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Old June 22nd, 2014, 12:19 PM   #54

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The large ones were harder to wash/drag away, so they managed the fossilization process more successfully. But there are myriads of little critters too. I spent one summer removing matrix from fossils collection in the Antarctic, and I was sternly advised that ANYTHING that looked like something other than rock was to be brought to the lab manager's attention immediately and before proceeding a nanometer further. (I had to look up nanomter. )
Excellent point about fossil size.
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Old June 22nd, 2014, 02:00 PM   #55

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Maybe they ate everything
"Maybe" but not likely. They lived in a swampy area, their teeth are straight, giving the indication that they're intended to hold slippery fish, and that sail would be too brittle to take it into a fight with any large animal.
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Old June 22nd, 2014, 02:06 PM   #56
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"Maybe" but not likely. They lived in a swampy area, their teeth are straight, giving the indication that they're intended to hold slippery fish, and that sail would be too brittle to take it into a fight with any large animal.
What was the sail for? Other dinosaur with sails use to fill them with blood to try and scare a usually more dangerous dinosaur. Why would a dinosaur that size feel the need to do that? Maybe there was something more dangerous there and we haven't found it yet.
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Old June 22nd, 2014, 02:11 PM   #57

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It could have been for cooling. The wet sail would leach heat from the body if there was a breeze, as there usually is at dawn and dusk on a shore.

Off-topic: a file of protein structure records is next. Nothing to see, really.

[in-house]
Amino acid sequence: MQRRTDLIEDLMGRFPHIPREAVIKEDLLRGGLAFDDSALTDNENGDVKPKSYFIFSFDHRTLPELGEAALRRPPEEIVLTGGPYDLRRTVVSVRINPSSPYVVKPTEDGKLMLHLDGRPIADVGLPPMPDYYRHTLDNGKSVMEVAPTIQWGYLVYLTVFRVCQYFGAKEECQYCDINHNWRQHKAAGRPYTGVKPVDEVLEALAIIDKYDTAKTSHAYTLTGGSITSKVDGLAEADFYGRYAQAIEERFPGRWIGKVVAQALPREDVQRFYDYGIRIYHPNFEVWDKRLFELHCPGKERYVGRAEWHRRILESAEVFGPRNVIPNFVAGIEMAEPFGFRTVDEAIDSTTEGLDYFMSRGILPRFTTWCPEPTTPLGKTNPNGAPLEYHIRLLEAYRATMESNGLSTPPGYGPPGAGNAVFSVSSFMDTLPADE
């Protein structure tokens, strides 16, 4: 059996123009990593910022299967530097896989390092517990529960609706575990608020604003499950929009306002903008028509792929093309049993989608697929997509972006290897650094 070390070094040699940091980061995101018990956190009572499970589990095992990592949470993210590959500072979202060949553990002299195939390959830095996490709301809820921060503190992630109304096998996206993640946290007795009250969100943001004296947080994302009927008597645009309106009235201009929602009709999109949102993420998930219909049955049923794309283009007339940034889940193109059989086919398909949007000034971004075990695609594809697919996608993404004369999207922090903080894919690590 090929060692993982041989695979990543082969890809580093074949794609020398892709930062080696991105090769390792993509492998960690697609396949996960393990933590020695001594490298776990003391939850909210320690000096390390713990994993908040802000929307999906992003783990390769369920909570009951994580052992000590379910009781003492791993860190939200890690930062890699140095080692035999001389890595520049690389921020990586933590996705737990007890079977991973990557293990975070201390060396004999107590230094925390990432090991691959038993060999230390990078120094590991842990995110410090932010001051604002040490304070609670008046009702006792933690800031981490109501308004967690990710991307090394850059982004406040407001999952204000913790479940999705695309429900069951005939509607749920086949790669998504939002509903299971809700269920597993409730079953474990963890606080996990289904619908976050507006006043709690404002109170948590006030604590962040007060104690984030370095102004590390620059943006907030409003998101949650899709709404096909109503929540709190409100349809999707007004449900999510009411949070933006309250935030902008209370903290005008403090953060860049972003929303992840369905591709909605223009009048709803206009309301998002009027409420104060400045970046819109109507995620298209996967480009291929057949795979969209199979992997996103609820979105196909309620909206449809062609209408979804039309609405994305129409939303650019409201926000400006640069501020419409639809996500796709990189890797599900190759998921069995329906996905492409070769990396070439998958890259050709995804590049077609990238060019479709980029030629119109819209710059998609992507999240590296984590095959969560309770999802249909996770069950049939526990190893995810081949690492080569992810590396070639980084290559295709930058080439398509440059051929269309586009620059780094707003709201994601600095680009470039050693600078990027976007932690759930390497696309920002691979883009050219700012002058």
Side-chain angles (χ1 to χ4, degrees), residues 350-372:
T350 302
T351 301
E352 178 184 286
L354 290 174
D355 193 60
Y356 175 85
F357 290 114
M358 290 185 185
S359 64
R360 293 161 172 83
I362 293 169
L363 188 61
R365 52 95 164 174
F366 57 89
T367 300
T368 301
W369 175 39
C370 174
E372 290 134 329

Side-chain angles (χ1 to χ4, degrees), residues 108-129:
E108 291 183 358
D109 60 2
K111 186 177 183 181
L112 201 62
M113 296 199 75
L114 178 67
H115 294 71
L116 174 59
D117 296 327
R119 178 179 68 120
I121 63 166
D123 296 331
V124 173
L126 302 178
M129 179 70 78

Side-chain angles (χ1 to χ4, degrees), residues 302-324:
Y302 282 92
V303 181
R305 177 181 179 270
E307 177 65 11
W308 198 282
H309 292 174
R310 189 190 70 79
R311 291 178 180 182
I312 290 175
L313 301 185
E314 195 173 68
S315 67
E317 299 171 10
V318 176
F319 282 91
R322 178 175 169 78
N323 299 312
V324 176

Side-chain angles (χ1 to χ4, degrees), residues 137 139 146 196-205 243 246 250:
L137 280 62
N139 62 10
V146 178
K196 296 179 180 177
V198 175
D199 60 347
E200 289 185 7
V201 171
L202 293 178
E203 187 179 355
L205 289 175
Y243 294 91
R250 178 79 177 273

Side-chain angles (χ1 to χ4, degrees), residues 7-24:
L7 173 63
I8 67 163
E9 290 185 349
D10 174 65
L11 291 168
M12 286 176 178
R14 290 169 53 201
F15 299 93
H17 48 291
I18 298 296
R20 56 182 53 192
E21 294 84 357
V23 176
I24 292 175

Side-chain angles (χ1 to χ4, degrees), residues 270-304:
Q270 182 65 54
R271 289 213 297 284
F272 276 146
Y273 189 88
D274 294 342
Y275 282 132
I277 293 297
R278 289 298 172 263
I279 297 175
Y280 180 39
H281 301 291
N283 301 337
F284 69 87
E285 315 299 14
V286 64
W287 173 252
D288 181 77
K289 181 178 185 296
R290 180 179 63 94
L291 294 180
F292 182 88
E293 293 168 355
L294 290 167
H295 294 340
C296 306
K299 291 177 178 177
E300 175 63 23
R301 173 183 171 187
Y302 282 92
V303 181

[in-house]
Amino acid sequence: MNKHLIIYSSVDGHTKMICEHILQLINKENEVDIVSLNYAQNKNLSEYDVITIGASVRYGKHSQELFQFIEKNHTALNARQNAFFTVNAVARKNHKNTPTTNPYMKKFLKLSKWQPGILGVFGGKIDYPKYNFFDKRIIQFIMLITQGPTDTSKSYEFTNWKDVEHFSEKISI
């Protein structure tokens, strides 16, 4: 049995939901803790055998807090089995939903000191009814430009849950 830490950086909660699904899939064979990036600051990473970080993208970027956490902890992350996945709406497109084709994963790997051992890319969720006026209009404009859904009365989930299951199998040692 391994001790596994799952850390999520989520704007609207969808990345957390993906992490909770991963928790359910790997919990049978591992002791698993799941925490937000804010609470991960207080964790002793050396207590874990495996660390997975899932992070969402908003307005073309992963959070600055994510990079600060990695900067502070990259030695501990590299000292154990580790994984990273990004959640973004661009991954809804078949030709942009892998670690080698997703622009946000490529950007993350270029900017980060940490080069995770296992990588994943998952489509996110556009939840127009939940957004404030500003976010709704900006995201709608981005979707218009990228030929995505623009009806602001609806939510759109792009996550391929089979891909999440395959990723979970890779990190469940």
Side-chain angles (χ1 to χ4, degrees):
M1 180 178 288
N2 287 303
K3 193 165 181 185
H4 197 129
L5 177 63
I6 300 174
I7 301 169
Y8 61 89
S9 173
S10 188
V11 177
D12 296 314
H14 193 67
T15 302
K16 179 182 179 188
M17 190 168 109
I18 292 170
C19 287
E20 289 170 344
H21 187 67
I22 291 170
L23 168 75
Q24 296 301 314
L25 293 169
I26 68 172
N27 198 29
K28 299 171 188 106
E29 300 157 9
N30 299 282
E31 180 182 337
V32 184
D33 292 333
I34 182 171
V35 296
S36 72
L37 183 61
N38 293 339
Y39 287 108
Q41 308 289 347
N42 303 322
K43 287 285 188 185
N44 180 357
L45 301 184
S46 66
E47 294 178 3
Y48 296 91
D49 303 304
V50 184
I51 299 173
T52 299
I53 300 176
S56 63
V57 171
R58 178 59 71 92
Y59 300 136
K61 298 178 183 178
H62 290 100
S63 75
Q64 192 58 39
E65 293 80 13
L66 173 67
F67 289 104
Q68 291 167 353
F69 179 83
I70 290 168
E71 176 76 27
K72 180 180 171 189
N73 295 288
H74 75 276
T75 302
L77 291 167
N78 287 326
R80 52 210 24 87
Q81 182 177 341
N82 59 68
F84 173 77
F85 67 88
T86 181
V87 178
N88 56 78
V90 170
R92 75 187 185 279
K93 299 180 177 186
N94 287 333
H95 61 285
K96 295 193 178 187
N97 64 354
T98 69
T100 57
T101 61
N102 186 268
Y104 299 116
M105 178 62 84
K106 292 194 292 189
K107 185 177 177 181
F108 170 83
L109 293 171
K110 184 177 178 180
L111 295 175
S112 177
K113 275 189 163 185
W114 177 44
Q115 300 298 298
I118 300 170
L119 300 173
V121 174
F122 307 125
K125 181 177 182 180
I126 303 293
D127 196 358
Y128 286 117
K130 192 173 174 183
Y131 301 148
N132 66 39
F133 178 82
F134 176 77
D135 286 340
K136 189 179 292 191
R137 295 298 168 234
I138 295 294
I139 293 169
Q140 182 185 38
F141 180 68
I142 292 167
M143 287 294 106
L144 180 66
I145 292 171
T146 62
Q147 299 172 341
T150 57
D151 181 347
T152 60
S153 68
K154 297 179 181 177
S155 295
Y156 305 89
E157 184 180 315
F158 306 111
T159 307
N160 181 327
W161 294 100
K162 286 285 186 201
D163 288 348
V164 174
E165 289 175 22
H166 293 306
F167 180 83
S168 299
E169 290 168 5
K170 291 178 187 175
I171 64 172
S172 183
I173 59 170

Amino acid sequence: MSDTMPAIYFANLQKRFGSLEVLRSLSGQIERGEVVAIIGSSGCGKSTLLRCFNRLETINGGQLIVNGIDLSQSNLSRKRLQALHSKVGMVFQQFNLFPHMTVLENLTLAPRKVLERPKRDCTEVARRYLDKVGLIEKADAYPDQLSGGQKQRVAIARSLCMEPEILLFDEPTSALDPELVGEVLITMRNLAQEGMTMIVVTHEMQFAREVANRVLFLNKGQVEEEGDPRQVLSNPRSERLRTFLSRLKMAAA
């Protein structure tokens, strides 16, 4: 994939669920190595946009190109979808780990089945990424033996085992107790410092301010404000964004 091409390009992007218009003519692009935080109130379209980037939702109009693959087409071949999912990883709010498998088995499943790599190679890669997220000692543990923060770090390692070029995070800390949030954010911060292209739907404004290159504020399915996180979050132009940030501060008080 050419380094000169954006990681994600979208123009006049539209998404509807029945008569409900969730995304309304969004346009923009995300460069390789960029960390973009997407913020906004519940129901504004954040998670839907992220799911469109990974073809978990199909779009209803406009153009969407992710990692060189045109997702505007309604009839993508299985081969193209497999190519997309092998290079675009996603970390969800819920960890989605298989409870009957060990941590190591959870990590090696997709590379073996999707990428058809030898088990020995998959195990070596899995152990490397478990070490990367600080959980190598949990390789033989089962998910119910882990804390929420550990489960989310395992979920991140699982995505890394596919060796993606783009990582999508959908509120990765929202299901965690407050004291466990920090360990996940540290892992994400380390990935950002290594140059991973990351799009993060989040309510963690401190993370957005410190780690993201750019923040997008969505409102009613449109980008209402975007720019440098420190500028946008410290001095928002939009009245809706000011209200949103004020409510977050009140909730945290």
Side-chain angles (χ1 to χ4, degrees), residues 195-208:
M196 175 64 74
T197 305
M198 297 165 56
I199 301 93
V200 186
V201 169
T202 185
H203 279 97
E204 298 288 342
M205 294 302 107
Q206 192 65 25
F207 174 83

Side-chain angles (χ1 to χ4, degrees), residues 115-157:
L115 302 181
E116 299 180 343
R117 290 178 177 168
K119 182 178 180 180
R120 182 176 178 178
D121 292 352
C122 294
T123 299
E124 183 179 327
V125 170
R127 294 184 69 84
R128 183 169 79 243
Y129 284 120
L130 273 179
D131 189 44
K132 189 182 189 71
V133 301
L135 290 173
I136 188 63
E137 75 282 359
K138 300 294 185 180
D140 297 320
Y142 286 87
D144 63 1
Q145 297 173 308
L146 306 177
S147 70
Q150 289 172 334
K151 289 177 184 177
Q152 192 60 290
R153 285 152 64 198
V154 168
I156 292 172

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Old June 22nd, 2014, 02:14 PM   #58

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It could have been for cooling. The wet sail would leach heat from the body if there was a breeze, as there usually is at dawn and dusk on a shore.
Or it could catch heat if it was too cool... Though given the general theory that theropods were warm blooded, the purpose of the sail on Spinosaurus is not fully known. Theories range from temperature regulation to some form of sexual display.
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Old June 22nd, 2014, 02:16 PM   #59
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It could have been for cooling. The wet sail would leach heat from the body if there was a breeze, as there usually is at dawn and dusk on a shore.
Indeed and may have been used to heat it up as well given the fact they were cold blooded..or were they?
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Old June 22nd, 2014, 02:39 PM   #60

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Most of the big sea-going monsters were aquatic reptiles, IIRC.

And yes, a dry sail would absorb heat, a wet one would lose heat.